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Walmart hosts American manufacturing and policy leaders at its annual U.S. Manufacturing Summit and Open Call event

This feature was produced in collaboration between Vox Creative and Walmart. Vox Media editorial staff was not involved in the creation or production of this content.

As the largest retailer in not just the U.S. but the world, Walmart is playing a key role in strengthening manufacturing in America. The Bentonville, AR-based retailer is two and half years into a ten year initiative that is set to invest a total of $250 billion into American manufacturing through new orders and products.

In towns and cities across the country, the initiative has already transformed the lives of business owners and employees. Walmart recently held its annual U.S. Manufacturing Summit and Open Call, where business owners were able to connect directly with Walmart buyers and economic policymakers alike to usher in the next chapter of American manufacturing.


"I've seen first-hand the value of manufacturing products here," said President and CEO of Walmart U.S. Greg Foran. "Not only does it create jobs, but in many cases it is more efficient. Manufacturing goods closest to the point of sale allows for quicker turn-around time from factory to shelf. This is good for business, good for our customers, and good for our stores."

Over the course of the summit, Walmart facilitated roughly 1,000 meetings between business owners, buyers and economic development representatives.

Along with the Walmart leadership team and buyers, Foran met with many business owners to hear about their experiences making products in America. Over the course of the summit, Walmart facilitated roughly 1,000 meetings between business owners, buyers and economic development representatives. One meeting that stood out for Foran was with the founders of KettlePizza, an invention that turns a traditional charcoal grill into a pizza oven.

"We appreciate what Walmart's doing especially for small businesses like us — to give us a chance, that's all we wanted was a chance," said KettlePizza cofounder George Peters. "People will buy good quality American made items," added Peters who started the business in cofounder Al Contarino's barn. From the start, the pair of entrepreneurs was steadfast in keeping production stateside.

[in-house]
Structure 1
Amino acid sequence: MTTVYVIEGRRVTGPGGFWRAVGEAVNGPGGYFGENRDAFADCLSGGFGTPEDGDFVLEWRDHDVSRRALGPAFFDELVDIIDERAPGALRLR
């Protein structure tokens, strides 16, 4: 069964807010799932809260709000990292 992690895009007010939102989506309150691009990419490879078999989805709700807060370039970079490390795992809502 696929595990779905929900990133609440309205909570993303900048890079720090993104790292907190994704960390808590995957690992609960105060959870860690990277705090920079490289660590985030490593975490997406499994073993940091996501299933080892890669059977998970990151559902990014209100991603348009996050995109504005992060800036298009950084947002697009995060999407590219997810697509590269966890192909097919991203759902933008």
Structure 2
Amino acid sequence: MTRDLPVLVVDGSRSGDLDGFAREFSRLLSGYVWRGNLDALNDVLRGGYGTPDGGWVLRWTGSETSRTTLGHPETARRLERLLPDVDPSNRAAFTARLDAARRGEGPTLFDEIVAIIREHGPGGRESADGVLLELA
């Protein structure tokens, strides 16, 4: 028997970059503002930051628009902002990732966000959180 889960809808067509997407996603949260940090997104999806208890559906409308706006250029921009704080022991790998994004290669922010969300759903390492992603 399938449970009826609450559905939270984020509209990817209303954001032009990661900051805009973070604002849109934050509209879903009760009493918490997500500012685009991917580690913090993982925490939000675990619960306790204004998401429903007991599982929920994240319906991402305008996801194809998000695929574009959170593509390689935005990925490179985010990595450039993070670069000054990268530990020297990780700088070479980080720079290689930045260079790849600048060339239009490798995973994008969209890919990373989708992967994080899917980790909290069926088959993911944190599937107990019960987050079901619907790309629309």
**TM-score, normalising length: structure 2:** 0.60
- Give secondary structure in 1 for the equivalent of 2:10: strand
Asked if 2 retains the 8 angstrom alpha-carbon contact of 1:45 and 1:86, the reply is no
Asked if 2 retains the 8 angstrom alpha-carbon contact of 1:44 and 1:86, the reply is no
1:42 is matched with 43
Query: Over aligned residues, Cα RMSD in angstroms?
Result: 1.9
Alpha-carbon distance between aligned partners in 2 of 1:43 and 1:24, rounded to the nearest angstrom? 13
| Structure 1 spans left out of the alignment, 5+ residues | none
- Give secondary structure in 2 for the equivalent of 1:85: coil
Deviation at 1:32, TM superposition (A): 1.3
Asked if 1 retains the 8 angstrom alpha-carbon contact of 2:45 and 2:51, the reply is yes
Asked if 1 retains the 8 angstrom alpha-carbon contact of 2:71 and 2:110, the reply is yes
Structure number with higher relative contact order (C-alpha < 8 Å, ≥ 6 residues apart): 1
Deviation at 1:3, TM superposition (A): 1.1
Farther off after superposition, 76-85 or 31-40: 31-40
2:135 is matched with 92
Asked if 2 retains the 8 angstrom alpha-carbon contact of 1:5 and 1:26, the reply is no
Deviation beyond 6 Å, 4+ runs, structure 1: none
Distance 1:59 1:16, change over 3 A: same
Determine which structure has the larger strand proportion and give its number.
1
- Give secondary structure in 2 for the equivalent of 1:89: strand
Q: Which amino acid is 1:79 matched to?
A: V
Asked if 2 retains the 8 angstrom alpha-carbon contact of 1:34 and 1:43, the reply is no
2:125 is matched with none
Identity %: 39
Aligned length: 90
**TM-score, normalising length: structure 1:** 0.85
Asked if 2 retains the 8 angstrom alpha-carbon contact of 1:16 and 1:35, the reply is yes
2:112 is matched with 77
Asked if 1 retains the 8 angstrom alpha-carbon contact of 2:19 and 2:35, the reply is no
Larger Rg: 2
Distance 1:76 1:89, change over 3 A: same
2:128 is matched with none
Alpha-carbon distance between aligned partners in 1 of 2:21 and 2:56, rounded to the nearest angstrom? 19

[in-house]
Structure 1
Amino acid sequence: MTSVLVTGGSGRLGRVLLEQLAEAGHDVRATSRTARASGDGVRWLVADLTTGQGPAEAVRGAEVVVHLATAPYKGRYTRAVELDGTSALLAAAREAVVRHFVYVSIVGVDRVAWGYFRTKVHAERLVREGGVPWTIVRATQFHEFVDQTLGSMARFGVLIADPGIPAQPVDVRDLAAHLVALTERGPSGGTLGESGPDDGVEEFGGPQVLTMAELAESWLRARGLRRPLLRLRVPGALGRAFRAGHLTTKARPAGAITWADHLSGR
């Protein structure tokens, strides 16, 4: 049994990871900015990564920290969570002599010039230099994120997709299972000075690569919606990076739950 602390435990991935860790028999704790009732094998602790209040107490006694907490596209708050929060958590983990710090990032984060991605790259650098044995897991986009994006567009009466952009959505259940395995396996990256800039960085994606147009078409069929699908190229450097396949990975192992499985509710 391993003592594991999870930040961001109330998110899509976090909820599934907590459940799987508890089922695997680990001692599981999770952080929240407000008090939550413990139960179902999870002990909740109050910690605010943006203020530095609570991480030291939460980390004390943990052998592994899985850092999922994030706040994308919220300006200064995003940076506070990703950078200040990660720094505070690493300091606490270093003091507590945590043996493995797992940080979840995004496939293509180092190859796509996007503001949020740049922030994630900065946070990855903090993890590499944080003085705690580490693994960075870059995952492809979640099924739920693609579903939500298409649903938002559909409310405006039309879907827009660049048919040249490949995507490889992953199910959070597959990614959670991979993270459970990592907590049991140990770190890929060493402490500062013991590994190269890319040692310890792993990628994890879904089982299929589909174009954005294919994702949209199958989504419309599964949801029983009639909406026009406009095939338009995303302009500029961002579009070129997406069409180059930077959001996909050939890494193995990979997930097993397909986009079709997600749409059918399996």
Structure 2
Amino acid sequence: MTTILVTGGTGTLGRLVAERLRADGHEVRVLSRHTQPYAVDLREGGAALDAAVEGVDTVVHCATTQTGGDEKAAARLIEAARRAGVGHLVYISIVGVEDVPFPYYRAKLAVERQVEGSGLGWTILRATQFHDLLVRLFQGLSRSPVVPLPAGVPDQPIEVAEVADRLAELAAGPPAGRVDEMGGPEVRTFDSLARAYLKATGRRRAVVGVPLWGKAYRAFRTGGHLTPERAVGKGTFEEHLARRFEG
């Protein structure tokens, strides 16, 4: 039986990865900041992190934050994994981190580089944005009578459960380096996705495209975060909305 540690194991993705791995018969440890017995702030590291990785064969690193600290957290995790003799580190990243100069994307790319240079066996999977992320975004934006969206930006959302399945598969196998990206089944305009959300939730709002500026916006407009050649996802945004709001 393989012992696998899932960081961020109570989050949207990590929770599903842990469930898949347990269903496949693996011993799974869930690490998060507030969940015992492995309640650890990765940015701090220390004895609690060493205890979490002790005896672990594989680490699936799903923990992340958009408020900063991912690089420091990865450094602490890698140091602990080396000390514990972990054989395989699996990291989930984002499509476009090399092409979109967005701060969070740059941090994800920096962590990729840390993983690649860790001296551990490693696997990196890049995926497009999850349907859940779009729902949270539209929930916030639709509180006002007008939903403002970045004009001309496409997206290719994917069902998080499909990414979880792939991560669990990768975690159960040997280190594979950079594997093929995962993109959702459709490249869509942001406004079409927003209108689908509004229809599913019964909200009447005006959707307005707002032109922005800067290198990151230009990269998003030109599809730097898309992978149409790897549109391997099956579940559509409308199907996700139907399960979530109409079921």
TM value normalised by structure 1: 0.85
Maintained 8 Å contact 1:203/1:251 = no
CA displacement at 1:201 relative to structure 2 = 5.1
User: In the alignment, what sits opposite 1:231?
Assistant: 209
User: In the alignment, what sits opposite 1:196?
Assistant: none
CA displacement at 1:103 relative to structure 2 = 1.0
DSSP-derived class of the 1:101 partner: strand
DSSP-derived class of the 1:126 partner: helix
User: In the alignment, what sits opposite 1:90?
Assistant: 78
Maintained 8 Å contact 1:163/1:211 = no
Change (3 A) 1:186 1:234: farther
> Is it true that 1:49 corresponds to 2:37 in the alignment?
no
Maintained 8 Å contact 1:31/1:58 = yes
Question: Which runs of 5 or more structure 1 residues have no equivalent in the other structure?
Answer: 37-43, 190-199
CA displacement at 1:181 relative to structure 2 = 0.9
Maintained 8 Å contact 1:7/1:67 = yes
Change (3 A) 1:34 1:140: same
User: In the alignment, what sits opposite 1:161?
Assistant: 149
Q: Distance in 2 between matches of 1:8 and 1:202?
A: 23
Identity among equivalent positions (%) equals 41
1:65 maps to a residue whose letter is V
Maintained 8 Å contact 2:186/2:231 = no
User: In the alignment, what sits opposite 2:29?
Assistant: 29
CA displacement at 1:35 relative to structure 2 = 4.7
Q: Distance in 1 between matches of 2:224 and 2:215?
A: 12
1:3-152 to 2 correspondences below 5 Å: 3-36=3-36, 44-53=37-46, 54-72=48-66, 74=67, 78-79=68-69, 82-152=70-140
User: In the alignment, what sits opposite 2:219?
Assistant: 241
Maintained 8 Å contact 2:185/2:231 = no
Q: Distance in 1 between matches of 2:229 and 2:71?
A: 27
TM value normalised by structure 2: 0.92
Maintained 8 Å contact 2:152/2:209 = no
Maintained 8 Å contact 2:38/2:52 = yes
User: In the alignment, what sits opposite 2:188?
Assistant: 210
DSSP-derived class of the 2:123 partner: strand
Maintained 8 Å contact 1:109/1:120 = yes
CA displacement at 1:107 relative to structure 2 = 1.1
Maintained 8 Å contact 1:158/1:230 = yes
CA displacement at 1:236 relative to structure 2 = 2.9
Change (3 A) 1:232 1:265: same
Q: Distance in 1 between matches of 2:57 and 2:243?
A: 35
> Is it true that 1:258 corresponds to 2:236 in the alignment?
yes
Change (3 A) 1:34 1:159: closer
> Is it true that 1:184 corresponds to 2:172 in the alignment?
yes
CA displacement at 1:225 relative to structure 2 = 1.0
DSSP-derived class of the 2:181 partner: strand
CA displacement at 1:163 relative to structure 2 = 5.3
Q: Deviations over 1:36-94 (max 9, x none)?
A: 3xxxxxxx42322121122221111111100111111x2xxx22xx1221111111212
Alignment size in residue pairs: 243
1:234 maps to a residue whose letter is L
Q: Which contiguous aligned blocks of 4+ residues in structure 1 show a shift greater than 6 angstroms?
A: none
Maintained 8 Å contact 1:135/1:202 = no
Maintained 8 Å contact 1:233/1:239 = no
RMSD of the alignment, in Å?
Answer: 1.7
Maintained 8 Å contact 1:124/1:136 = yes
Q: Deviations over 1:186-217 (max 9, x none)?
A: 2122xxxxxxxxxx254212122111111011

"I think they're going to change how manufacturing's done in the country," Peters said of Walmart's commitment to American manufacturing. "They're going to create jobs for people — that's what people want."

The company continues to produce its product near where the idea started in New England. Now, KettlePizza is being shipped around the world and is contributing to reducing the American trade deficit. While entrepreneurs were at the heart of Open Call, the big economic picture was discussed in detail.

"From coast to coast, America's manufacturers are the backbone of our economy, and our country's prosperity is closely linked to your success." — U.S. Secretary of Commerce Penny Pritzker

"From coast to coast, America's manufacturers are the backbone of our economy, and our country's prosperity is closely linked to your success," explained U.S. Secretary Of Commerce Penny Pritzker. One of Pritzker's key platforms for fostering development is the Investing in Manufacturing Communities Partnership (IMCP).

This program is designed to allocate federal resources to the most high impact manufacturing projects that help businesses and communities grow. Only a year into IMCP, thousands of new jobs have already been created with millions in investment. Pritzker announced 12 new communities that would receive IMCP funding at the summit.

"Through smart programs like IMCP, Manufacturing Day, and more, the Department of Commerce is committed to being your partners as this vital sector of economy continues its remarkable resurgence," Pritzker added. "Working together, we can ensure America's manufacturers remain at the center of our nation's prosperity and keep America open for your businesses."

Over the course of the summit, the many entrepreneurs that came to showcase their products and inventions weren't just representing their own dreams; they were representing the hopes of their communities. As American manufacturing grows, so do the economies of the towns and cities around them. Perhaps Foran summed it up best:

"Growth in our GDP lifts us all. That growth comes supplier by supplier and item by item." With that in mind, there's no doubt that Walmart is leading the charge in American manufacturing.

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This feature was produced in collaboration between Vox Creative and Walmart. Vox Media editorial staff was not involved in the creation or production of this content.


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